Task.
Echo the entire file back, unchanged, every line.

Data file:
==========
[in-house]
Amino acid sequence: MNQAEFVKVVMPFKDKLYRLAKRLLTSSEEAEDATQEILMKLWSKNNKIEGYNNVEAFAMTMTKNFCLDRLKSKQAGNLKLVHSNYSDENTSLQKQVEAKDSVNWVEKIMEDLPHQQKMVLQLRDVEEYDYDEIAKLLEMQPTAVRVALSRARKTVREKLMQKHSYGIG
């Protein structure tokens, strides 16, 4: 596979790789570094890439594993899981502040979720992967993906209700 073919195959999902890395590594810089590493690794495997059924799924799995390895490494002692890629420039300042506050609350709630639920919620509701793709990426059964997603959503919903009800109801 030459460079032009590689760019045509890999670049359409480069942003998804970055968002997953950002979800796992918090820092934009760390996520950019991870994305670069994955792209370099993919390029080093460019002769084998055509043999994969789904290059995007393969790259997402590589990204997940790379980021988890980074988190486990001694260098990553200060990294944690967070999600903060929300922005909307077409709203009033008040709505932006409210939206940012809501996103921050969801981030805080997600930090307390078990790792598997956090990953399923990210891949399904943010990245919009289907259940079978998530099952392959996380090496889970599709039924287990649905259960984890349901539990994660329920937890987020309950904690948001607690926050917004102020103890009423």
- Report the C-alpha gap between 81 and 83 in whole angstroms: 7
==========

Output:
[in-house]
Amino acid sequence: MNQAEFVKVVMPFKDKLYRLAKRLLTSSEEAEDATQEILMKLWSKNNKIEGYNNVEAFAMTMTKNFCLDRLKSKQAGNLKLVHSNYSDENTSLQKQVEAKDSVNWVEKIMEDLPHQQKMVLQLRDVEEYDYDEIAKLLEMQPTAVRVALSRARKTVREKLMQKHSYGIG
């Protein structure tokens, strides 16, 4: 596979790789570094890439594993899981502040979720992967993906209700 073919195959999902890395590594810089590493690794495997059924799924799995390895490494002692890629420039300042506050609350709630639920919620509701793709990426059964997603959503919903009800109801 030459460079032009590689760019045509890999670049359409480069942003998804970055968002997953950002979800796992918090820092934009760390996520950019991870994305670069994955792209370099993919390029080093460019002769084998055509043999994969789904290059995007393969790259997402590589990204997940790379980021988890980074988190486990001694260098990553200060990294944690967070999600903060929300922005909307077409709203009033008040709505932006409210939206940012809501996103921050969801981030805080997600930090307390078990790792598997956090990953399923990210891949399904943010990245919009289907259940079978998530099952392959996380090496889970599709039924287990649905259960984890349901539990994660329920937890987020309950904690948001607690926050917004102020103890009423």
- Report the C-alpha gap between 81 and 83 in whole angstroms: 7